title
Lake Powell fisheries investigations : 1981 (segment 10) annual report for Colorado River Drainage and Tailwaters Dingell-Johnson Project F-28-R
author
Array ( [0] => Gustaveson, A. Wayne [1] => Pettengill, Thomas D. [2] => Wahl, James R. [3] => Johnson, James E. )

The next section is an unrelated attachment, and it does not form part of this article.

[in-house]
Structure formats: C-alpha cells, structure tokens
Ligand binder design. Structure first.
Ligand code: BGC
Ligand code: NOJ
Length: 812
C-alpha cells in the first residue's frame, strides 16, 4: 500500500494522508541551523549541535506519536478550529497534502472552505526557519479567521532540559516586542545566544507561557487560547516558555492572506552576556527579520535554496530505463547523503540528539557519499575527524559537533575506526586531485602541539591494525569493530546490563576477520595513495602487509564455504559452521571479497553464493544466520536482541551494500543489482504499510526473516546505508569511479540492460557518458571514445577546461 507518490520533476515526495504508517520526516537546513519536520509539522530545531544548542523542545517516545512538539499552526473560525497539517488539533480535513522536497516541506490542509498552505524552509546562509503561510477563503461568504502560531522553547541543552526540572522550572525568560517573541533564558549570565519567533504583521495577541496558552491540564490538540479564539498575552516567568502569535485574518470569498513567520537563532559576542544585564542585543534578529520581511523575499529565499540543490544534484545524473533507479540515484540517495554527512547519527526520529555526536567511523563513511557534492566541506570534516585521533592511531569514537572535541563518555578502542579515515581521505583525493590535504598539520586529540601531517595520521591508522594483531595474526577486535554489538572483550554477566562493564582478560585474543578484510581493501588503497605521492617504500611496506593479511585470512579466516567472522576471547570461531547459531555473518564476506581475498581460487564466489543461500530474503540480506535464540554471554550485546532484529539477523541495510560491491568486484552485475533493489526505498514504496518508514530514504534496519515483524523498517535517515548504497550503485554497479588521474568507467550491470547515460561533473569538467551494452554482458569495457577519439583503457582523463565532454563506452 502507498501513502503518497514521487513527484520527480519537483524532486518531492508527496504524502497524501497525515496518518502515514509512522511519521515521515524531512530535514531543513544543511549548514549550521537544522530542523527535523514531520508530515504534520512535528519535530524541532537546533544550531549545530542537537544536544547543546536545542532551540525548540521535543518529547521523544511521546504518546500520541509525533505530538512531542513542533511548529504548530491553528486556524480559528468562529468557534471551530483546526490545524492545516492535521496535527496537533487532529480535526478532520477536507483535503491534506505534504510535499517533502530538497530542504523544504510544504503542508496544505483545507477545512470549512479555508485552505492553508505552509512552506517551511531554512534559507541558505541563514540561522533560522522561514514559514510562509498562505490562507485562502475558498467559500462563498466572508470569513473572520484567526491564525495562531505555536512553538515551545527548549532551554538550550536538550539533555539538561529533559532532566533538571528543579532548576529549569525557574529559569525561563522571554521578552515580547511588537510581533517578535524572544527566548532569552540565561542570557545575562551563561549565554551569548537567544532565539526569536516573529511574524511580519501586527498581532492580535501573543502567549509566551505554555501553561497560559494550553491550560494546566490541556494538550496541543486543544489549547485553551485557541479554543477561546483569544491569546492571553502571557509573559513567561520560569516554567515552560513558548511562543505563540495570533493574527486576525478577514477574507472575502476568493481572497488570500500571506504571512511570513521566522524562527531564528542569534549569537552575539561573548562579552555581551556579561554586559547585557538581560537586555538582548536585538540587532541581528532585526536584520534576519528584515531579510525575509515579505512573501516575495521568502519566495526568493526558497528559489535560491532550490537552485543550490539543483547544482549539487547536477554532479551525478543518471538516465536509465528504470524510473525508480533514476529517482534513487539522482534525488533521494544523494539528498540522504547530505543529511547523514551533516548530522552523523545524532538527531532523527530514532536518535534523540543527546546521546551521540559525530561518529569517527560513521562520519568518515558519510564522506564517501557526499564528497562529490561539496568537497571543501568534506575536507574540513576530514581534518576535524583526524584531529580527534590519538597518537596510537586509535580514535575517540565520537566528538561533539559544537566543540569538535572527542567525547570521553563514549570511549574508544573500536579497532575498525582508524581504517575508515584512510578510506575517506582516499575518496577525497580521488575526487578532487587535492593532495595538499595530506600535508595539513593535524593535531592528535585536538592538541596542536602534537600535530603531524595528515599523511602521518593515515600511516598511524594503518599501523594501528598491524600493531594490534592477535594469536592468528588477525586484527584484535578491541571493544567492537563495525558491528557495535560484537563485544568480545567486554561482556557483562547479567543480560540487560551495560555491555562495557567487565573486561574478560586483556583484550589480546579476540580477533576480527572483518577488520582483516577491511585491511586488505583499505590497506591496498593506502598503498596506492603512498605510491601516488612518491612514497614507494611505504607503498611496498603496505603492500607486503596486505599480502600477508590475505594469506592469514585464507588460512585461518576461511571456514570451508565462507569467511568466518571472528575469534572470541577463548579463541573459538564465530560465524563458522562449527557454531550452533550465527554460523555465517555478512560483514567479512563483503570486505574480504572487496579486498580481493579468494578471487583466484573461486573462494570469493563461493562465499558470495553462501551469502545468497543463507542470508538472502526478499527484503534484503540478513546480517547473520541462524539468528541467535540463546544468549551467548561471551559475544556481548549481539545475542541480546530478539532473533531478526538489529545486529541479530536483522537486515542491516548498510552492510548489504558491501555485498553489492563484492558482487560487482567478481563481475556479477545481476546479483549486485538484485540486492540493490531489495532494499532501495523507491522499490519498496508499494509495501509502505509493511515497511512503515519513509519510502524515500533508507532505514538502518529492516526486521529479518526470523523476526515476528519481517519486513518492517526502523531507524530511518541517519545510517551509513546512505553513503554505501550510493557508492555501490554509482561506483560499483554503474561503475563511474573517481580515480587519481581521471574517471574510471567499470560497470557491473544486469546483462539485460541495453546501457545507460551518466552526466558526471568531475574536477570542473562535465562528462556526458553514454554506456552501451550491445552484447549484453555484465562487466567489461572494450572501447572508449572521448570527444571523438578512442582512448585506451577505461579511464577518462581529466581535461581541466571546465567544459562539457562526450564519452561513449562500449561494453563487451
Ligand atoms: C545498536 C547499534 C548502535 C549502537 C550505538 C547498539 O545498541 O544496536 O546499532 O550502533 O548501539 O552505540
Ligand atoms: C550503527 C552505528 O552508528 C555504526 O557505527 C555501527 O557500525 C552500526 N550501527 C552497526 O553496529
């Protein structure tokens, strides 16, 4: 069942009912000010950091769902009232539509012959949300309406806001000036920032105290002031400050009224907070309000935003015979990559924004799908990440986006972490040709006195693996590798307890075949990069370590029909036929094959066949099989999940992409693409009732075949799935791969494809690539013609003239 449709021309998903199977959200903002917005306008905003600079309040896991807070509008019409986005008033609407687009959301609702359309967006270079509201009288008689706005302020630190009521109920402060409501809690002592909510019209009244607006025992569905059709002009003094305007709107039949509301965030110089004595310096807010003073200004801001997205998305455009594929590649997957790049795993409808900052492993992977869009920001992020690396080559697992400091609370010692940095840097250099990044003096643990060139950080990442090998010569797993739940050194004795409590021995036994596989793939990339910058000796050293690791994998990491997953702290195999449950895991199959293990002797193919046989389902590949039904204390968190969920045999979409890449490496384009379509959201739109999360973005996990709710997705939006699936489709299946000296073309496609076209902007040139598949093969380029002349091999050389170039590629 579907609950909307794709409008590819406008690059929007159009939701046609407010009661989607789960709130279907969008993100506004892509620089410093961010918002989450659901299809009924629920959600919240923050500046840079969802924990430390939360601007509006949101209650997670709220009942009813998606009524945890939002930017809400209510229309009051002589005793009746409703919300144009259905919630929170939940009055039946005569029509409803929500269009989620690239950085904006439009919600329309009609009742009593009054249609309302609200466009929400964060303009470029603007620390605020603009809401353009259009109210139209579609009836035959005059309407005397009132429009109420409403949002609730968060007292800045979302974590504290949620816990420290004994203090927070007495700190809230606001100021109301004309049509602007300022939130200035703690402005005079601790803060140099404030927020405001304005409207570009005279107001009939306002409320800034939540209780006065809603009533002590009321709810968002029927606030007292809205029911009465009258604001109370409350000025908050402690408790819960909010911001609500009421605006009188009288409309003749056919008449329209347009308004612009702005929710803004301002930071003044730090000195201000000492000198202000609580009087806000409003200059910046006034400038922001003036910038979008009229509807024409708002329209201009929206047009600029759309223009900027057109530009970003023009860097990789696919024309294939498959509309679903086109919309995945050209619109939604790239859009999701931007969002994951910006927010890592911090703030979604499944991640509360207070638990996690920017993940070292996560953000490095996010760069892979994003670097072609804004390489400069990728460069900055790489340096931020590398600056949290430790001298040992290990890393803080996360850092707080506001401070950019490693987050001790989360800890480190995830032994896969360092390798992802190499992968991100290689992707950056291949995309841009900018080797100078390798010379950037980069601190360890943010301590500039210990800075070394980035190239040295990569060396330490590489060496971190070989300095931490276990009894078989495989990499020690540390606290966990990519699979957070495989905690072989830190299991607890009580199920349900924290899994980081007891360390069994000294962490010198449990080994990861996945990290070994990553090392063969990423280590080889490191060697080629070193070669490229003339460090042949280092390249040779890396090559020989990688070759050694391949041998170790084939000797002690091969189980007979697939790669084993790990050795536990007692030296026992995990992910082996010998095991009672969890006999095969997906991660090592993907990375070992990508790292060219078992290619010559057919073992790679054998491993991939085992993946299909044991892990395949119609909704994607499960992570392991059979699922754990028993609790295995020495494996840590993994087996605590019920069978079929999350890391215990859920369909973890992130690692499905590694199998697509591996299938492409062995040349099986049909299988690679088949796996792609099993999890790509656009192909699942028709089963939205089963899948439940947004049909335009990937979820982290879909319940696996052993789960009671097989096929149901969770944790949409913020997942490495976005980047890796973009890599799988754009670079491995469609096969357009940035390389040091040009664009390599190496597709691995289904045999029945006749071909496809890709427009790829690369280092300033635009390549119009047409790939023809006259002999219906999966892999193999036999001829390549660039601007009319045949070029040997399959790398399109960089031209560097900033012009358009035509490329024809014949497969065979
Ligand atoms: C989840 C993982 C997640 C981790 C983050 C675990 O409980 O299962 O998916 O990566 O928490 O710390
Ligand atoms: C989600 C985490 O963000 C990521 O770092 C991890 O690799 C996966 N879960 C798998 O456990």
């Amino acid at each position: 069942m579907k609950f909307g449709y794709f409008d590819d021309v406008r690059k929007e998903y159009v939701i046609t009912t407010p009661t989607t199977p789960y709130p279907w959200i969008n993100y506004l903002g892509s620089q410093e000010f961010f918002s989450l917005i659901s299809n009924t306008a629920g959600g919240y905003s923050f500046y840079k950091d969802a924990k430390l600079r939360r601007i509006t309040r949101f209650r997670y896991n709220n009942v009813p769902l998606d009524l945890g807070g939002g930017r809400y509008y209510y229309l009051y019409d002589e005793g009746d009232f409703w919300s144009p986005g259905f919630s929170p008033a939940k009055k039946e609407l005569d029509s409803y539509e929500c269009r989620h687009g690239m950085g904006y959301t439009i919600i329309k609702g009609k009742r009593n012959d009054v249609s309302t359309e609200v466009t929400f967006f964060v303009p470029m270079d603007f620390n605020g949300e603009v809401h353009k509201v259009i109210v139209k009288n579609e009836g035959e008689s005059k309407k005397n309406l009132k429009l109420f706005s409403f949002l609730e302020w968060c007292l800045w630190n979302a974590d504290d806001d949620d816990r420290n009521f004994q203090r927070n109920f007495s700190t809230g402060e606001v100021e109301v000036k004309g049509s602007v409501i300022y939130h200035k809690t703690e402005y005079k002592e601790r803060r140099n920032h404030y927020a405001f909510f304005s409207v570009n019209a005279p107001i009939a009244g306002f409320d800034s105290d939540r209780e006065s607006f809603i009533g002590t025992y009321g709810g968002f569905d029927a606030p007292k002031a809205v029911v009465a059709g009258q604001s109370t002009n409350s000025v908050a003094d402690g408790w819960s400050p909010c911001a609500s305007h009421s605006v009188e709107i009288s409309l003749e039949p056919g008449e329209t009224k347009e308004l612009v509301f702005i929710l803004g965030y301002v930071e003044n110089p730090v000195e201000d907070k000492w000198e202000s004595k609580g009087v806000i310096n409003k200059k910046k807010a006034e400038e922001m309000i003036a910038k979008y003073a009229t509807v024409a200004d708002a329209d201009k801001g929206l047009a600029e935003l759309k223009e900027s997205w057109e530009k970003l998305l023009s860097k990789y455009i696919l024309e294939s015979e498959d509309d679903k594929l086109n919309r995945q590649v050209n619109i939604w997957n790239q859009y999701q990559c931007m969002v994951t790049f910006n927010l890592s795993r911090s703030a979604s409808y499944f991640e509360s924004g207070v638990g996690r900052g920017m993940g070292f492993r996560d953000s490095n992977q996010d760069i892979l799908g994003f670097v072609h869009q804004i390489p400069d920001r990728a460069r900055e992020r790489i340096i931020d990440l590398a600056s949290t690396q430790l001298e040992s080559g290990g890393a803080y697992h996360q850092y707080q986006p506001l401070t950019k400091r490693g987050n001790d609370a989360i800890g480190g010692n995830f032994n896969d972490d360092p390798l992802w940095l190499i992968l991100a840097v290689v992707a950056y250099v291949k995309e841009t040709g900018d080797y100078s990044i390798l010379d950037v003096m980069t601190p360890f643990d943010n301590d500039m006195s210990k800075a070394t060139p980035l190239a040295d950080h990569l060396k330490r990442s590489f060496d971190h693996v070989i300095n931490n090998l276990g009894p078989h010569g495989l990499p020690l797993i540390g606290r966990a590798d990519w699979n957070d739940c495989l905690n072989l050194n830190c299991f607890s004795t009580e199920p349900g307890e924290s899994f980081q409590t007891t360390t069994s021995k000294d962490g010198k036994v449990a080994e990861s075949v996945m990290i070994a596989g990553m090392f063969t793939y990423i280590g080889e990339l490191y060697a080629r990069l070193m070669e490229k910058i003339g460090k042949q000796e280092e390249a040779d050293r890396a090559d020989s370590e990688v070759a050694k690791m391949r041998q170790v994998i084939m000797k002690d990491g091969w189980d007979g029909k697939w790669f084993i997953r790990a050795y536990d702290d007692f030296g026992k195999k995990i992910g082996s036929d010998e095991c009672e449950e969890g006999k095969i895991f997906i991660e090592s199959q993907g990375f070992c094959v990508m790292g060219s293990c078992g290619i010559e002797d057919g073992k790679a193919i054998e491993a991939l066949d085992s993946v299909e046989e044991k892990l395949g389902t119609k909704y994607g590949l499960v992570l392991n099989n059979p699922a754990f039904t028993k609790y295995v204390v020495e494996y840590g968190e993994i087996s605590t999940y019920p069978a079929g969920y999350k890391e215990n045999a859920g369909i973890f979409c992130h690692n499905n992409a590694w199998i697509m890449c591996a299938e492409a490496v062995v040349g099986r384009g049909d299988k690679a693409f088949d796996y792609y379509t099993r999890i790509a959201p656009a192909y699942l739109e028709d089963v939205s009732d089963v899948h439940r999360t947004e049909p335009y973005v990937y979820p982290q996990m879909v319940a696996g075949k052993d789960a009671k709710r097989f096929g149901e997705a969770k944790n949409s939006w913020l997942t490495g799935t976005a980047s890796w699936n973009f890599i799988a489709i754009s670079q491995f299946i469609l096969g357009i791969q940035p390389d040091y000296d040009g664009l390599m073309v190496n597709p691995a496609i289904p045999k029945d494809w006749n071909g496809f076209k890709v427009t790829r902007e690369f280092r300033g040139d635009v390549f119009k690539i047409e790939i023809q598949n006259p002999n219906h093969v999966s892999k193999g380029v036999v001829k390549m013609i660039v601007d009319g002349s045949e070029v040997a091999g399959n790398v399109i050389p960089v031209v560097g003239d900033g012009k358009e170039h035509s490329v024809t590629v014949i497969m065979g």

abstract
UDWR Publication Number 82-6
date
1982-01-01
organization
Utah. Division of Wildlife Resources
species
Array ( [0] => Not Specified )
file_path
https://grey-lit.s3.wasabisys.com/lake-powell-fisheries-investigations-1981-segment-10-annual-report-for-colorado-river-drainage-and-t.pdf
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content